Monday, June 4, 2012

Linda’s Manual Equipment


Linda’s "Granny" Station

One of the important things about prepping is to always keep in mind that you should not be dependent on electricity, if at all possible.  Where I lived in Alabama, we often had power failure that lasted anywhere from a few hours to several days. Sometimes we were without for a couple of weeks.

Even without some disaster in which:
  • The economy is so bad you can’t afford electricity
  • The grid collapses either temporarily or permanently
  • Temporary power failure due to storm, regional disaster, downed lines
You have two choices:
  • Do without electricity, causing you to pay higher prices for feeding your family, possibly having to move to town or a motel
  • Be prepared, pull out your hand-crankers, and let life go on with little disruption to your routine
A few years ago, I began seriously hunting for and collecting manual tools and kitchen equipment.  The food mill was my really big-ticket item.  But most of it I scrounged in thrift stores.

Some of you have asked about my kitchen set-up.  I have two kitchen islands in the kitchen on castors.  (Actually, I have four kitchen islands - all purchased either used or as floor models when several stores closed them out.) I keep two in the front bedroom which serves as my pantry.  they are great for mobility and storage. Plus and but the one in this picture have expanding shelving. 
One of them keeps my hand-crank gadgets on it.  It stays against the wall until I need something, then I bring the whole island into the middle of the kitchen where I have room to work.  My machines are bolted or screwed to the counter and do not move.

On the left is my Country Living Food Mill.  It has a huge wheel to reduce the torque when grinding the grains. Notice it has a groove on the outer edge. That's so you can add a belt and attach it to a small motor for electric power. Although I have lupus and fibromyalgai, I can grind wheat, corn, and even beans with it.  We make most of our own flour and some corn meal with it.  works great for Ezekiel meal, too.  Apparently, the machine has an optional auger for beans, but I was grinding beans long  before I was aware of such a gadget.  Just open the grinding plates wide and gradually reduce for a finer grind.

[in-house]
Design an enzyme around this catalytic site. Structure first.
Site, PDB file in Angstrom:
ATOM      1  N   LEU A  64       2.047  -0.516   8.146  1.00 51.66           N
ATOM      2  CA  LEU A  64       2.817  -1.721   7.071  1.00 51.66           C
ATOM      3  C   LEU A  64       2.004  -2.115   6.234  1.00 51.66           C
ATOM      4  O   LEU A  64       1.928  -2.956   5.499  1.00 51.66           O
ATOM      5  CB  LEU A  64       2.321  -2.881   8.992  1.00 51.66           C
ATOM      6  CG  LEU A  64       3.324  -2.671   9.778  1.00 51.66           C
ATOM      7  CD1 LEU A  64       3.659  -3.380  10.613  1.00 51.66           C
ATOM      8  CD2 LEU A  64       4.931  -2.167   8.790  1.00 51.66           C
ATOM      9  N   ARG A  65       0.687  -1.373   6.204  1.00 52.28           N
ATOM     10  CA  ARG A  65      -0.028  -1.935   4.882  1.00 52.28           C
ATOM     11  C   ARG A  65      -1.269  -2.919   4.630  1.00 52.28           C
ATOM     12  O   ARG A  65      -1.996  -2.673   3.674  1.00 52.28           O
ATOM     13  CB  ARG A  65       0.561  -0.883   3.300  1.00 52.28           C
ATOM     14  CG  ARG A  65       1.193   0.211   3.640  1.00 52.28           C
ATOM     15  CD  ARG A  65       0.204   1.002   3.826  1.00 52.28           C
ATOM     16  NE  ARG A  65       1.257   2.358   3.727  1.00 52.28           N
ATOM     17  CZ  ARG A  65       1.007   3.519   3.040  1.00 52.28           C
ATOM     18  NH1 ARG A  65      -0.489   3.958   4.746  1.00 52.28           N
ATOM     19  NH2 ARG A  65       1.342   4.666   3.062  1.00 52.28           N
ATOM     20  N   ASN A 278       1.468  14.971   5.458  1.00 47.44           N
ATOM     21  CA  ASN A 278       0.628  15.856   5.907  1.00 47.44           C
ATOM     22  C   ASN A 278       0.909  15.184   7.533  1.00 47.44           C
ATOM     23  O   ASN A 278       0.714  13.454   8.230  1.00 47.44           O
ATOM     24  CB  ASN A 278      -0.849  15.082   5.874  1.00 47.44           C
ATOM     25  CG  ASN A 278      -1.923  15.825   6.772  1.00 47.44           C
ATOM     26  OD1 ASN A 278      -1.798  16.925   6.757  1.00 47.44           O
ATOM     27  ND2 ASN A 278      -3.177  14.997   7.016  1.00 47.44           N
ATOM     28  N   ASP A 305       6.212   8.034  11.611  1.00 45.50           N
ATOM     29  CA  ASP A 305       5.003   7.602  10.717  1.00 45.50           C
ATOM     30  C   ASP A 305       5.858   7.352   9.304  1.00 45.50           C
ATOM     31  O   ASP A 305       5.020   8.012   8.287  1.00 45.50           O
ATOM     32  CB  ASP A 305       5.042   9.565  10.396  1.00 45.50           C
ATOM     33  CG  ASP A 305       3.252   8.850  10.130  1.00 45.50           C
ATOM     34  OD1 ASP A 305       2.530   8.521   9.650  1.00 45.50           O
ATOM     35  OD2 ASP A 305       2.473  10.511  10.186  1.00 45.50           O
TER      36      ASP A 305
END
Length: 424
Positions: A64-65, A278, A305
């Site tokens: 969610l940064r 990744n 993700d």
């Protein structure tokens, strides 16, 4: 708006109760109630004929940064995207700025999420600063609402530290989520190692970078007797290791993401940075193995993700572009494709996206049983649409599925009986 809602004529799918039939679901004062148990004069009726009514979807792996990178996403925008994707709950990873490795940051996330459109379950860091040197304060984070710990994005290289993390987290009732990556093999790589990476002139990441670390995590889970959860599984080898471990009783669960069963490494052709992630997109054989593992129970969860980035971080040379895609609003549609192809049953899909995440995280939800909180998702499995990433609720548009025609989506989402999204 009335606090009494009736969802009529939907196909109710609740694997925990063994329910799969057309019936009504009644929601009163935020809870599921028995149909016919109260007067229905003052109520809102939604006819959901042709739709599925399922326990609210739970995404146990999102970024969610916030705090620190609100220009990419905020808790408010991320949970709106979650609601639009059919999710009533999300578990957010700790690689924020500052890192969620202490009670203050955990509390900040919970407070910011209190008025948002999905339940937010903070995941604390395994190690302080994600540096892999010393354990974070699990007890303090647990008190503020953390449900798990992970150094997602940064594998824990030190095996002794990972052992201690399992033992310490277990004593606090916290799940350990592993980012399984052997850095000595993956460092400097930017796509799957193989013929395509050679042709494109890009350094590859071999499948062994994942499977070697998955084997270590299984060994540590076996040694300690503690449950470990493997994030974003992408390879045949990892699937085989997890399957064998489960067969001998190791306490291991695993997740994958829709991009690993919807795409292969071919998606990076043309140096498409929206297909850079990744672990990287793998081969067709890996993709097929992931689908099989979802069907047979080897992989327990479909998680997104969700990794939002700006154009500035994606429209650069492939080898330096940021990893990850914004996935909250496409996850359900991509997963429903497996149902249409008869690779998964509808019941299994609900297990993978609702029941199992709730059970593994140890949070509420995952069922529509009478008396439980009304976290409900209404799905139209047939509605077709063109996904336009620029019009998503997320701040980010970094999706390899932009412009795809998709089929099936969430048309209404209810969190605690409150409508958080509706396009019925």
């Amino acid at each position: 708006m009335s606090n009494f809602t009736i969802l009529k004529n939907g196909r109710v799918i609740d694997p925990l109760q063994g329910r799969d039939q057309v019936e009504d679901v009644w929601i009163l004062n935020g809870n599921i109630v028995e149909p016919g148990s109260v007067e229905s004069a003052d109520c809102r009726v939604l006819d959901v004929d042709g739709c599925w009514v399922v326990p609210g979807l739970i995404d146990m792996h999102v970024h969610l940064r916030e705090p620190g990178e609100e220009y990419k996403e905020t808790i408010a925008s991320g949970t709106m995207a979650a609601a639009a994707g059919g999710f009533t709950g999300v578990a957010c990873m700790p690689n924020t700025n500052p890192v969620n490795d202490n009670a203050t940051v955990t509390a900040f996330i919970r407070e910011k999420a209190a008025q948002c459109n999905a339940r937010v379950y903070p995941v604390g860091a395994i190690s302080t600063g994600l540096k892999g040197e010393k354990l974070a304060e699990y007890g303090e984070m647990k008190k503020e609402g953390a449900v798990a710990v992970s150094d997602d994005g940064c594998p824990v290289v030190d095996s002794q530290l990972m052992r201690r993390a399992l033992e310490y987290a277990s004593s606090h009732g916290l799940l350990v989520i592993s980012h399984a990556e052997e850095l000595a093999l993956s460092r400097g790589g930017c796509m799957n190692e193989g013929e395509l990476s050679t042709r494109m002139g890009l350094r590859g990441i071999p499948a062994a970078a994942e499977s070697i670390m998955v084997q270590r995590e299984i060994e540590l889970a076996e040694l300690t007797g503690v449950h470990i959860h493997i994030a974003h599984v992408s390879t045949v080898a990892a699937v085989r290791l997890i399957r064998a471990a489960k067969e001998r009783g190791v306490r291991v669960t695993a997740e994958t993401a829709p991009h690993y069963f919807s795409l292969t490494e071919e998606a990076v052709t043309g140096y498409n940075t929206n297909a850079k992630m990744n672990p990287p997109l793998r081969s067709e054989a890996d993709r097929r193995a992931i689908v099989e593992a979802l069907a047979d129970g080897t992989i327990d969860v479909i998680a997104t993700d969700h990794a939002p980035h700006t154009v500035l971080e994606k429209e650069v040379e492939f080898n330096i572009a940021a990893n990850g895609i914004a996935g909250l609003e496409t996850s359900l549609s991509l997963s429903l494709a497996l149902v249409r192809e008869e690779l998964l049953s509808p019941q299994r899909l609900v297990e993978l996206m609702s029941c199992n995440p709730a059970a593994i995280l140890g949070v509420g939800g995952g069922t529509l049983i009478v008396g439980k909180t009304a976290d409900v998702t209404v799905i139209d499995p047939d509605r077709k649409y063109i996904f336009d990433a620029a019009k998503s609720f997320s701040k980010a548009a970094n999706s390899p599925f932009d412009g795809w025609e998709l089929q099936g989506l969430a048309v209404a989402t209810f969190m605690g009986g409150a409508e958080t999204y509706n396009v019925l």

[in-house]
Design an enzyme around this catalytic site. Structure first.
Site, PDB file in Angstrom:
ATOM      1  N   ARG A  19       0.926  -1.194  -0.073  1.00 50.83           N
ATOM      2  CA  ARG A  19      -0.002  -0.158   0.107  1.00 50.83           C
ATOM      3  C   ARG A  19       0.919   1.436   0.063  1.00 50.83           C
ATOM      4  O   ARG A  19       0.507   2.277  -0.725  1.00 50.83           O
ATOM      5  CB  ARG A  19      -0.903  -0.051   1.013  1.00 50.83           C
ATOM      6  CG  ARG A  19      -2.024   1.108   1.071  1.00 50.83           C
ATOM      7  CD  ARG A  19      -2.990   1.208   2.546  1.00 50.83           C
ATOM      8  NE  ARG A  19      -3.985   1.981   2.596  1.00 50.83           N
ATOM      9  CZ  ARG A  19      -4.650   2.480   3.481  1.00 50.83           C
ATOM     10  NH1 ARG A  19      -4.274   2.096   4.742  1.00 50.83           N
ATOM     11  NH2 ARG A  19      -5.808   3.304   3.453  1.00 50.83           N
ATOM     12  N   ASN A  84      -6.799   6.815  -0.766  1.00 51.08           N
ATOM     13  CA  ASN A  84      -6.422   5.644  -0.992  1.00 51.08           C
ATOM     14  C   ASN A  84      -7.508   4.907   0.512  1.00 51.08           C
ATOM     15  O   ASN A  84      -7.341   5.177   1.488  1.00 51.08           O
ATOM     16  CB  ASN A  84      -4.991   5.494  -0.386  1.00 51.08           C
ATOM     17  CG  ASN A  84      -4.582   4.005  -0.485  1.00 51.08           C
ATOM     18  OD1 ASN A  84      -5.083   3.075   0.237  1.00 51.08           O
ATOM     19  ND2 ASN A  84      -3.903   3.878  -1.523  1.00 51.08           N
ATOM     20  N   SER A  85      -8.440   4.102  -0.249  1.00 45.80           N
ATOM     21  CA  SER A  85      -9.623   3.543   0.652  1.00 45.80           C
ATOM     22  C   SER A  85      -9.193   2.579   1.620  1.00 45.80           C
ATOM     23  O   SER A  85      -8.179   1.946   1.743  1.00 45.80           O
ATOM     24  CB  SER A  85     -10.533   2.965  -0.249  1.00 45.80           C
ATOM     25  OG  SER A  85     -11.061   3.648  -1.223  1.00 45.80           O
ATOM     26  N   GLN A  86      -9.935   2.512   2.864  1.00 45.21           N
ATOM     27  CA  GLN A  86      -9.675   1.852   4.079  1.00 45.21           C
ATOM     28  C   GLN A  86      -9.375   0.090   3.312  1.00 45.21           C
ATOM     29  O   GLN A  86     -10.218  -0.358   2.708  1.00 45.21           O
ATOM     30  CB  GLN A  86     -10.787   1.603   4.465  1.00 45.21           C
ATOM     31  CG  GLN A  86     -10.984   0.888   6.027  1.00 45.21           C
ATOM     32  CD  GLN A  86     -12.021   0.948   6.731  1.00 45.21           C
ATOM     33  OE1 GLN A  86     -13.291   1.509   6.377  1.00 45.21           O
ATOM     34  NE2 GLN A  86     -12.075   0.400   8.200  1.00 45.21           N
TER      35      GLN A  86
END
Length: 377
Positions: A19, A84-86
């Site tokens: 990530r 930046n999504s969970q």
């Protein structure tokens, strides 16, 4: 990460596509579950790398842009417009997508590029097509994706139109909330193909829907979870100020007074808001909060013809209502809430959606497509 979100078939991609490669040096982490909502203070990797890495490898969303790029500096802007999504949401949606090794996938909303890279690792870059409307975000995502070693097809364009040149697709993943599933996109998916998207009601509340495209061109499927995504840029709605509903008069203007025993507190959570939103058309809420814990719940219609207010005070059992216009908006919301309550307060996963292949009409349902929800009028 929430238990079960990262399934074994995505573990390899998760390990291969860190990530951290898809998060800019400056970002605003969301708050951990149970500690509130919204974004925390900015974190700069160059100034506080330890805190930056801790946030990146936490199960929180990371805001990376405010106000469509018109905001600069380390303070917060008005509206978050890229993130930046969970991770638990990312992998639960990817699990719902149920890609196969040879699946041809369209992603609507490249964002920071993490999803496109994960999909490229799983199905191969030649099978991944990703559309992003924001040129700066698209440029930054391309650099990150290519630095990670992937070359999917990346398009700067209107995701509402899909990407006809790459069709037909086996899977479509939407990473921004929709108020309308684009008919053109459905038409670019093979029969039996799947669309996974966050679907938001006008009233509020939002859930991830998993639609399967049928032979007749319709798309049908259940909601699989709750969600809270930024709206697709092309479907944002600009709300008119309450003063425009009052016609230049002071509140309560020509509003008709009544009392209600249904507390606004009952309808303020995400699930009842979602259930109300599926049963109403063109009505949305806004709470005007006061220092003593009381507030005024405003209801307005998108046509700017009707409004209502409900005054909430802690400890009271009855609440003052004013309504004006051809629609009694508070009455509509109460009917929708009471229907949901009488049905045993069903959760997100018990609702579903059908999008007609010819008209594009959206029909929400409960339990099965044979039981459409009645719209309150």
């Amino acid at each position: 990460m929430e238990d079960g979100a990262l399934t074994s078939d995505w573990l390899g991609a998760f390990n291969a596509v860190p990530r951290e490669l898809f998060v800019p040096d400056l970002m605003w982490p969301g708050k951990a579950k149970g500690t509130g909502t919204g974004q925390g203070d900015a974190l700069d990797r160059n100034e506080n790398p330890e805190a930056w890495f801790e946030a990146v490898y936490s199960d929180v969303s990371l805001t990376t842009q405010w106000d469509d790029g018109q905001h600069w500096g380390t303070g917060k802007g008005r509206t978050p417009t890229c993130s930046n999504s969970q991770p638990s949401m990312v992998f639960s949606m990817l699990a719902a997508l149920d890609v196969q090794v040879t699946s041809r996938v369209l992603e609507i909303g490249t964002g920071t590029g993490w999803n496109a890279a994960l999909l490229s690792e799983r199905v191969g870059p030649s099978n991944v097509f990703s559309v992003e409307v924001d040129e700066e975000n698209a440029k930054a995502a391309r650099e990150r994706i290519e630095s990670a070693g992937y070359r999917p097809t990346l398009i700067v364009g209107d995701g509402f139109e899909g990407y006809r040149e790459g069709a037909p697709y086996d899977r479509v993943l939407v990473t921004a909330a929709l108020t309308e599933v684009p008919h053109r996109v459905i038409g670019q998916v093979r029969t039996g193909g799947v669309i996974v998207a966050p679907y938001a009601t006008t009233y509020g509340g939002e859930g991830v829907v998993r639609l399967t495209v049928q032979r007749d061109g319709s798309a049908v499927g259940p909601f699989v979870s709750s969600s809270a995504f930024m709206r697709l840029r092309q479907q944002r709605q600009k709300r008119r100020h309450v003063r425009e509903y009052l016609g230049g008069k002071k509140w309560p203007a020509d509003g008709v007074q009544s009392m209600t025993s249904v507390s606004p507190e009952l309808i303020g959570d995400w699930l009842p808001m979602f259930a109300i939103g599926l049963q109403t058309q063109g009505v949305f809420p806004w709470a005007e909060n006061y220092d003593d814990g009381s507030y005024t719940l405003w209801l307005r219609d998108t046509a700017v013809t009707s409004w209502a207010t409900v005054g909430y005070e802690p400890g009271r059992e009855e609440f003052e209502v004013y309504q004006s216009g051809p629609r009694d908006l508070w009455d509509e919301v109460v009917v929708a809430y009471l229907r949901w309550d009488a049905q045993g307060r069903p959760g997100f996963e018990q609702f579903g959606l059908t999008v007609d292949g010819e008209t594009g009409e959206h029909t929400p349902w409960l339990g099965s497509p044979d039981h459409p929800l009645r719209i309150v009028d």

The silver machine on the back is my meat grinder. Don’t use it much because we rarely get meats to grind.  But it’s nice to have when I need it.  the main thing I’ve used it for was in grinding slabs of dehydrated ham and turkey into a powder for use in soups and such.

You can see my handy-dandy apple peeler/corer on the front. It’s that red gadget.  Just did a series of pics explaining how to use the thing.  Watch for the post on it.

Dehydrating Station

Most of my dehydrating cutting, slicing, and processing happens on the right cabinet. It's the one you see in most of the pictures.

The kitchen island on the right is where I store my vacuum pack bags, vacuum packer, slicers, puree machine and other assorted gadgets.It has a large pull-out cutting board just under the counter top. Comes in pretty handy when I need a little extra counter top.

Underneath the "Granny" station are smaller containers of beans and grains awaiting grinding, plus my food processor and Magic bullet.  It has a handy drawer for storing measuring cups and spoons, portion scoopers, and other small misc. gadgets. When I'm not using my hand-crank machines, I keep them covered with cloth toaster covers and such.

1 comment:

  1. I love that. I have a long narrow kitchen and not enough cabinets. I have wanted an island for extra work space and storage but there really isn't room for a permanent one. I never considered something I could roll out of the way.